The miraculous births, which are all males, could be a product of keeping this threatened species in captivity, say researchers, and could have implications for the continued health of zoo-bound populations. Parthenogenesis — reproduction without the need for fertilization by a male — is rare in vertebrates. Some animals, including several lizard species, are known to be capable of it. But Komodo dragons have never been seen to breed like this before. Yet in the space of 8 months, two of the three Komodo dragons in the UK have reproduced parthenogenetically. Zoo keepers knew something strange was happening because the female dragons had not been around any males within the period during which they must have become pregnant. To confirm the dragons' parentage, a team led by Phillip Watts at the University of Liverpool used genetic fingerprinting.
Their results, published in Nature this week, show that the dragon sons are not direct clones of their mothers, but that the babies' DNA contains half as much variation as is present in the mother's genes, indicating that it represents a doubling up of one set of mother's chromosomes. The results show that no other Komodo dragon could have been involved in their conception.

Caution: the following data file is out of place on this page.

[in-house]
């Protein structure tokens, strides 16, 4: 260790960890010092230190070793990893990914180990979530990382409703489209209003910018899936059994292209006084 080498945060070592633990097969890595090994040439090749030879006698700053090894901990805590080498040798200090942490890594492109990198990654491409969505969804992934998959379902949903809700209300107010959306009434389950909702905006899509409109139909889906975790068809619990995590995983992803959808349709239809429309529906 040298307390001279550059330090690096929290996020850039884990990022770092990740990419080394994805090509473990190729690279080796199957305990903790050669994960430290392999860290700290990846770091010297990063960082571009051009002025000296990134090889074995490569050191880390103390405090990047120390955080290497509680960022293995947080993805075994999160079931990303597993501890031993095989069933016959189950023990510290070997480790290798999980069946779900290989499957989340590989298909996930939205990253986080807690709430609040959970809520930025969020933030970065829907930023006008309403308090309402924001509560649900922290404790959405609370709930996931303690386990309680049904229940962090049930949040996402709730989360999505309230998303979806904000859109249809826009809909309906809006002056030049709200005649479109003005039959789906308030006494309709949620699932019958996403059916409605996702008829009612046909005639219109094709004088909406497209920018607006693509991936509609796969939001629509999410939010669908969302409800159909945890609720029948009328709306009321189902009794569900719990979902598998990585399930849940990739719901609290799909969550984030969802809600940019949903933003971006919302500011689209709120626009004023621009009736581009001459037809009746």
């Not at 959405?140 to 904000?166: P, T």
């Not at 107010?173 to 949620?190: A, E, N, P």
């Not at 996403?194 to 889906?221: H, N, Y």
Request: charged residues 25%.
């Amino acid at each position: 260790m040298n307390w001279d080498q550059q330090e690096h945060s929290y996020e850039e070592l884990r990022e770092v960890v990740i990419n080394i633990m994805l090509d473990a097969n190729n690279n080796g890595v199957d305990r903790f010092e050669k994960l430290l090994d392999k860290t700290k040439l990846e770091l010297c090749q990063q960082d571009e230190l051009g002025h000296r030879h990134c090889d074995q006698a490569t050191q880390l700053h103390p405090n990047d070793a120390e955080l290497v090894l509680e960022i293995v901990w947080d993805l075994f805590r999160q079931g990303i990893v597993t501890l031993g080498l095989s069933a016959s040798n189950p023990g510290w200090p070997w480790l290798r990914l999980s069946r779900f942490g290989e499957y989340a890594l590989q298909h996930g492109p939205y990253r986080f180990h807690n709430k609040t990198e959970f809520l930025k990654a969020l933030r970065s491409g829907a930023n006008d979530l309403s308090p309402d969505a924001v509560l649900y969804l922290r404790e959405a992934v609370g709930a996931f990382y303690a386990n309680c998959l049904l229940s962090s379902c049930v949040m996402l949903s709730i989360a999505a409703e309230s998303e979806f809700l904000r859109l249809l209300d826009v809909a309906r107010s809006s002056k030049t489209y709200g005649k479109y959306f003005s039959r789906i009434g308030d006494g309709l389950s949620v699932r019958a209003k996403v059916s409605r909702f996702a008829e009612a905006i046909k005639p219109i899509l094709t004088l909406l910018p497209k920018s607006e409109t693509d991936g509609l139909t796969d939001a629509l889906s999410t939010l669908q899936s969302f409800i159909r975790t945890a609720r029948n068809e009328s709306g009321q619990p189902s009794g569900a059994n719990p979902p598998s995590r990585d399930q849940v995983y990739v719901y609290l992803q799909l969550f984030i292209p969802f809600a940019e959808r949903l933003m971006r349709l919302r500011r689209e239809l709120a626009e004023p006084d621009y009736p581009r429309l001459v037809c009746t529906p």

Tuesday, December 19, 2006

Multi Headed Reptile Fossil Found In China!


French and Chinese paleontologists have identified the fossil of a two-headed reptile from a species that lived in what is now China nearly 150 million years ago.

The specimen was recovered from the Yixian Formation, a treasure trove of fossils in northeastern China that has previously yielded the remains of early birds and feathered dinosaurs.

Only seven centimetres (3.5 inches) long, the tiny skeleton from the Early Cretaceous shows an embryonic or newborn reptile with two heads and two necks.

It was a species of long-necked aquatic lizard that was more than a metre (3.25 feet) when fully grown.

Axial bifurcation -- two-headedness -- is a well-known developmental flaw among reptile species today such as turtles and snakes.

The paper appears on Wednesday in Biology Letters, published by the Royal Society, which is Britain's de-facto academy of sciences.

Thursday, December 07, 2006

Naked Crack Head Caught By Giant Alligator!

(Seattle Times) ORLANDO, Fla. — Carlos Mayid couldn't see Adrian Apgar being attacked by an alligator early Wednesday, but he could hear him.

With his cellphone in hand and a sheriff's operator on the line, Mayid left his home near Lake Parker, Fla., and walked down his street in the predawn darkness toward the screams of a man who was fighting for his life in the water.

In the recording of a dramatic 911 call released Thursday (HEAR THE 911 CALL!), Mayid is heard breathing heavily and walking through wet grass as Apgar's repeated cries grow louder. Finally, he got close enough to yell back.

"Hey. What's up? What do you need?" Mayid hollered.

"A gator's got me," Apgar replied, his voice faint in the background.